Economic growth and inflation as expected this year

IMAD's monthly "Slovenian Economic Mirror", presenting the main economic indicators. Photo - source: IMAD

December 2010

The growth in gross investments and household and central government spending are important reserves for the future growth of the Slovenian economy.

Slovenia saw economic growth in the third quarter this year as well, chiefly as a result of an increase in exports. The national statistical office estimates that economic growth in 2010 will be around 1%, as forecast by the Institute for Macroeconomic Analysis and Development (UMAR), while European Commission forecasts for Slovenia were 1.1%. According to these estimates, GDP should increase next year by 1.9% and by 2.6% in 2012. The last month of the year is also indicating that inflation in Slovenia this year will be, as planned, 1.8%. This is undoubtedly encouraging news, although gross investments in the third quarter again fell, household spending has still not picked up and government spending is stagnating. Here it is possible to see important reserves for future growth.

Slovenia is winning the battle against the crisis

According to the Ministry of Finance Slovenia is winning the battle against the crisis. Industry is picking up, although problems in the construction sector mean that GDP should continue to be sluggish.  The government is drawing up special measures to help that part of the construction industry that is still buoyant and keeping its head above water.

Construction companies were among the worst at settling their liabilities even during times of growth; in the current climate, with the Slovenian economy emerging piecemeal from the crisis, this has worsened still further. But it is not only the construction industry that fails to pay on time. According to figures from AJPES (Agency of the Republic of Slovenia for Public Legal Records and Related Services), the number of companies delaying payment reached a record high in October of 5,565; the average daily amount of due and unpaid liabilities of EUR 333 million was also a record. According to figures from AJPES, this led in the first ten months of this year to 360 companies and cooperatives entering bankruptcy proceedings. In the same period, 186 companies were removed from the companies register.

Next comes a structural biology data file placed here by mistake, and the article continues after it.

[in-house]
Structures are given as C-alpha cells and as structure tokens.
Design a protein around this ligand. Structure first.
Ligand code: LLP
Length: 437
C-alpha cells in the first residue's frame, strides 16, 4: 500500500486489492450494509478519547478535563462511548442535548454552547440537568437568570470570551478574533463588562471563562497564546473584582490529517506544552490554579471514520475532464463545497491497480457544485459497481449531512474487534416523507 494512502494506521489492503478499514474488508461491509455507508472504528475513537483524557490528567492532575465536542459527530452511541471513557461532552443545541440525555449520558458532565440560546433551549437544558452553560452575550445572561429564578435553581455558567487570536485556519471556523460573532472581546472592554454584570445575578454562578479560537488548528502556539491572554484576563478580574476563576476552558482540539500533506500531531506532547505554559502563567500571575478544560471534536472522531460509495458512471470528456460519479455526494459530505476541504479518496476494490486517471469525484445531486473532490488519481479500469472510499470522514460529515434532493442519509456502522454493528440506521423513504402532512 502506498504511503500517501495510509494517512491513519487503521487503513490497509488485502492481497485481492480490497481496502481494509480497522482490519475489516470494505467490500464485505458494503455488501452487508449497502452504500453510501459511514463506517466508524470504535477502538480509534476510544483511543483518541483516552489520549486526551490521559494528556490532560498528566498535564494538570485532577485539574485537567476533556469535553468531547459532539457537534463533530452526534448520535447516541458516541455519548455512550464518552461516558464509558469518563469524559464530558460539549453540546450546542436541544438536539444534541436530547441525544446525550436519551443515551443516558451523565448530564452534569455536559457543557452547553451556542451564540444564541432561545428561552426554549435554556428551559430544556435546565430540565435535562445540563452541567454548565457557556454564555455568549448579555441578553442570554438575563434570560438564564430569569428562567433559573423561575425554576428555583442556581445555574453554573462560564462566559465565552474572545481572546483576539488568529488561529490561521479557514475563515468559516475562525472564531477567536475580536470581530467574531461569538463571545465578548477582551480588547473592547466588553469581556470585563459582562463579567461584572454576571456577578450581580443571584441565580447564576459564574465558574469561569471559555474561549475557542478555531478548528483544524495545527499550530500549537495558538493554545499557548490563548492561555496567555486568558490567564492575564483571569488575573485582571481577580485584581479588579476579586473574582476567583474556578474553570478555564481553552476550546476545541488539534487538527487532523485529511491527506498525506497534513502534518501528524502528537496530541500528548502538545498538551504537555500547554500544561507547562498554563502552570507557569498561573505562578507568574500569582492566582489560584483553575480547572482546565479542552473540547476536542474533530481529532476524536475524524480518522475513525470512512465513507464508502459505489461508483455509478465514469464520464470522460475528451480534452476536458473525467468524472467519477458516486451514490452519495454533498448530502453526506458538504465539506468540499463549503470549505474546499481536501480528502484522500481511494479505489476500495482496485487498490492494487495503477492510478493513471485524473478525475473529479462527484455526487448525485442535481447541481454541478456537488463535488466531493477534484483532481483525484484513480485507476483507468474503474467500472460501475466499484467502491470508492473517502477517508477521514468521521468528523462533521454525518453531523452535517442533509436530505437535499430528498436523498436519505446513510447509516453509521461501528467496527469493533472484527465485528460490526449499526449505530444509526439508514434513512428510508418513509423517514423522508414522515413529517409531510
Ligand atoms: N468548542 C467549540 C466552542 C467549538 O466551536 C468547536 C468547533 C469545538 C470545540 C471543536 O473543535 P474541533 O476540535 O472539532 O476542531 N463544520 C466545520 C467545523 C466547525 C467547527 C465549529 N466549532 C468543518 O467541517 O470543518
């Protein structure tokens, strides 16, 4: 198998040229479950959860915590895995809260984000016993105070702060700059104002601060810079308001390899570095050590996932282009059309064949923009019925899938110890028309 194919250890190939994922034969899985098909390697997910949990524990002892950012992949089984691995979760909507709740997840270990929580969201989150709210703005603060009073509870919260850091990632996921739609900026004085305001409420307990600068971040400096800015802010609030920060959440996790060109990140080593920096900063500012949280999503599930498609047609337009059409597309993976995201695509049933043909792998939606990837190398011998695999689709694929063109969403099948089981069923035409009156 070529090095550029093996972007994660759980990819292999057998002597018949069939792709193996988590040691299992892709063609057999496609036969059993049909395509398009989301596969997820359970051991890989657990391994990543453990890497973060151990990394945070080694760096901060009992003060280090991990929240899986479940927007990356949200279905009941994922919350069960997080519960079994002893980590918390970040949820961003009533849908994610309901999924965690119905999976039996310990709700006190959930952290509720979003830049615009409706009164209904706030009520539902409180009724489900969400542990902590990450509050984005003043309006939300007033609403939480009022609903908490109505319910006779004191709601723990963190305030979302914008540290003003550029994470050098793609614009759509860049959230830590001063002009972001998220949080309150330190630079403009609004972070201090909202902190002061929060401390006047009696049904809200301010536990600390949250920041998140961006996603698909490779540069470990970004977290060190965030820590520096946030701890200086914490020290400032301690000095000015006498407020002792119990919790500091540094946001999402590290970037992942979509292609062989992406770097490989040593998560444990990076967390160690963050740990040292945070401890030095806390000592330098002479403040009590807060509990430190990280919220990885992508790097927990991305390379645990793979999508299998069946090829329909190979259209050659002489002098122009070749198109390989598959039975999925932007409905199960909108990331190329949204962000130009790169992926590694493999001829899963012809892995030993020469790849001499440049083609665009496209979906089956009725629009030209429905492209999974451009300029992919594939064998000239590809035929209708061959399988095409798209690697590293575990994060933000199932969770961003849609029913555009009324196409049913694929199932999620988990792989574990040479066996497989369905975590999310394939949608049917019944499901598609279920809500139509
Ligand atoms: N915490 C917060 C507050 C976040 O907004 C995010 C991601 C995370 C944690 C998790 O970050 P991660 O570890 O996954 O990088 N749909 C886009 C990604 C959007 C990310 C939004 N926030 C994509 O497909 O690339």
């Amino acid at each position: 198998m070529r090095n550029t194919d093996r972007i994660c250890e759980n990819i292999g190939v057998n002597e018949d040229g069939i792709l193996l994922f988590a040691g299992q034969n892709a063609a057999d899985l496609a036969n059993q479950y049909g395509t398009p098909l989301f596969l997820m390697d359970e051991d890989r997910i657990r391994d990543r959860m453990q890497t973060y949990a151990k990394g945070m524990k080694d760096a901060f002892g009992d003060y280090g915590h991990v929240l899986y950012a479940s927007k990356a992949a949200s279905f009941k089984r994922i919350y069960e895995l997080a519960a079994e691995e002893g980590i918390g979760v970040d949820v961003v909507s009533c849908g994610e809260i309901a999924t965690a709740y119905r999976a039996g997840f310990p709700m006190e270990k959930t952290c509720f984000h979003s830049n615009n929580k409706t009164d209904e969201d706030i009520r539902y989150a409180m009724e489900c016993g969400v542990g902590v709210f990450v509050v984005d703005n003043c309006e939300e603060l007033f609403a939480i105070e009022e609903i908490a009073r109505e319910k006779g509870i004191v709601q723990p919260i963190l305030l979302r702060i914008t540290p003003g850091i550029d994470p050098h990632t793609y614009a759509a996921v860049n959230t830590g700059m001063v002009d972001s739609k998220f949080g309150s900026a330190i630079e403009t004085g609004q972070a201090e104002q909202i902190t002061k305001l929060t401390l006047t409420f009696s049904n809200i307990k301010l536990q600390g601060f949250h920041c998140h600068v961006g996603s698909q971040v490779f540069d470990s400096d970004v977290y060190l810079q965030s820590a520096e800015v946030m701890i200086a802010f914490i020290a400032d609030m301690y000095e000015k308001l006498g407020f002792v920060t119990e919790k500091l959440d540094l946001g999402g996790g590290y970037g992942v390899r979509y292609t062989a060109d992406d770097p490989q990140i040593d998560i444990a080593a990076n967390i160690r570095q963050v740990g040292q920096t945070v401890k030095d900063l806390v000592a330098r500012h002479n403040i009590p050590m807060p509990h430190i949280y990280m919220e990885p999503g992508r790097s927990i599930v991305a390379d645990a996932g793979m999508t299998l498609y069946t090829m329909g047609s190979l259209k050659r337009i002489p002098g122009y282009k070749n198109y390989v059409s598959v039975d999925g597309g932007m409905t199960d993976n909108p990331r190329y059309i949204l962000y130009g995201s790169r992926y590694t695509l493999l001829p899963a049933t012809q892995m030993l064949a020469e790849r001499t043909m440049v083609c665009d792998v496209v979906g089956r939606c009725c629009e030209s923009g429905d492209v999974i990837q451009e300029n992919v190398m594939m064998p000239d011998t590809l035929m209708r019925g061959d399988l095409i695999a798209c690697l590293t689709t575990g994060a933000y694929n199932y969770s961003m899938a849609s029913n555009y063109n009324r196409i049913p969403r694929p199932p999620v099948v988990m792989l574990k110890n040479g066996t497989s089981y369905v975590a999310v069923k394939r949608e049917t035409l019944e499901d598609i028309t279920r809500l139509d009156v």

The strongest delegation yet to Russia

President Dr Danilo Tűrk attends the Russian-Slovenian business conference. Photo: Stanko Gruden/STA, source: www.up-rs.si/up-rs/uprs-eng.nsf

Over 100 Slovenian business figures and five ministers made up a delegation which, headed by Slovenian President Danilo Türk, visited Russia. This was the strongest delegation yet to Russia. President Türk and Russian president Dimitri Medvedev signed a partner agreement on modernisation, with a number of other economic agreements and memorandums also being signed. Slovenian-Russian business conferences were also convened in Moscow, St Petersburg and Samara.

According to figures from the Bank of Slovenia, foreign direct investment in the Slovenian economy fell by 6.6% last year to EUR 10.5 billion. Slovenian investments abroad also fell.

Protest against the company Lafarge

Holding Slovenske elektrarne. Photo: STA

The residents of Trbovlje warned the government of precisely how a lack of concern for the environment can affect human health as they protested against the company Lafarge, which is engaged in waste incineration in Trbovlje, for which it obtained government approval. The residents of Trbovlje are convinced that the gases released into the atmosphere are leading to an increase in cancers.

This is not the only protest to have shaken Slovenia in recent weeks. The government’s aim of merging the two state electricity companies, Holding Slovenske Elektrarne and Gen, has sparked discontent.

Employees at Gen are fighting primarily for their jobs. There are complications too in relation to the sixth block of Šoštanj Thermoelectric Plant, since employees fear that, with the replacement of the plant’s director, Slovenia will cancel construction at the new block, which is dependent on European money, for which a contract with the European Investment Bank has already been signed. This is not the only major energy project on which Slovenia is counting in the long term, since a new block at Krško Nuclear Plant is also meant to be built. Here the question surrounding the division of waste between the two owners of the old section of the plant is still unresolved, with Croatia, which owns half the plant, still unwilling, after 20 years of operation, to take half the waste produced by the plant.

Text by Vesna Bertoncelj Popit, Delo full text Sinfo, January 2011